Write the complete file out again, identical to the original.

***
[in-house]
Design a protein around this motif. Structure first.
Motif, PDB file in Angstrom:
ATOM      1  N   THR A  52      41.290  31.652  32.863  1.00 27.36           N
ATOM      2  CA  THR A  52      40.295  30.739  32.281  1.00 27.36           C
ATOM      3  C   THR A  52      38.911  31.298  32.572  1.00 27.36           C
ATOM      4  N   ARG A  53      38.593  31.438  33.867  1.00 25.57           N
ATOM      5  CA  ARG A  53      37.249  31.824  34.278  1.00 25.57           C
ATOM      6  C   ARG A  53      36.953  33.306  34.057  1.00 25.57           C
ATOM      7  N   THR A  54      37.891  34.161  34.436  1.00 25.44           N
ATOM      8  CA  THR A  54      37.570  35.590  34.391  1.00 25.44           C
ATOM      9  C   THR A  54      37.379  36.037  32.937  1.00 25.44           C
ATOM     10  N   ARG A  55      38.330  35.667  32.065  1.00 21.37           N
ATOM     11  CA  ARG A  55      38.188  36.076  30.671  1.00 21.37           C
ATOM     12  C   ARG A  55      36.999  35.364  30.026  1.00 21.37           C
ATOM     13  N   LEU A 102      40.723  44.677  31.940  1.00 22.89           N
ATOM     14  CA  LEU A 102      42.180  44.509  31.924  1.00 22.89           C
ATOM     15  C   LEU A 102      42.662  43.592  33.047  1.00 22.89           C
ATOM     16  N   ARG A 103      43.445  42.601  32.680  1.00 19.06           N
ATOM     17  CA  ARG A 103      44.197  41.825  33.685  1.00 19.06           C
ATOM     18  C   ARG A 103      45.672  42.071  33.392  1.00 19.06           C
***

[in-house]
Design a protein around this motif. Structure first.
Motif, PDB file in Angstrom:
ATOM      1  N   THR A  52      41.290  31.652  32.863  1.00 27.36           N
ATOM      2  CA  THR A  52      40.295  30.739  32.281  1.00 27.36           C
ATOM      3  C   THR A  52      38.911  31.298  32.572  1.00 27.36           C
ATOM      4  N   ARG A  53      38.593  31.438  33.867  1.00 25.57           N
ATOM      5  CA  ARG A  53      37.249  31.824  34.278  1.00 25.57           C
ATOM      6  C   ARG A  53      36.953  33.306  34.057  1.00 25.57           C
ATOM      7  N   THR A  54      37.891  34.161  34.436  1.00 25.44           N
ATOM      8  CA  THR A  54      37.570  35.590  34.391  1.00 25.44           C
ATOM      9  C   THR A  54      37.379  36.037  32.937  1.00 25.44           C
ATOM     10  N   ARG A  55      38.330  35.667  32.065  1.00 21.37           N
ATOM     11  CA  ARG A  55      38.188  36.076  30.671  1.00 21.37           C
ATOM     12  C   ARG A  55      36.999  35.364  30.026  1.00 21.37           C
ATOM     13  N   LEU A 102      40.723  44.677  31.940  1.00 22.89           N
ATOM     14  CA  LEU A 102      42.180  44.509  31.924  1.00 22.89           C
ATOM     15  C   LEU A 102      42.662  43.592  33.047  1.00 22.89           C
ATOM     16  N   ARG A 103      43.445  42.601  32.680  1.00 19.06           N
ATOM     17  CA  ARG A 103      44.197  41.825  33.685  1.00 19.06           C
ATOM     18  C   ARG A 103      45.672  42.071  33.392  1.00 19.06           C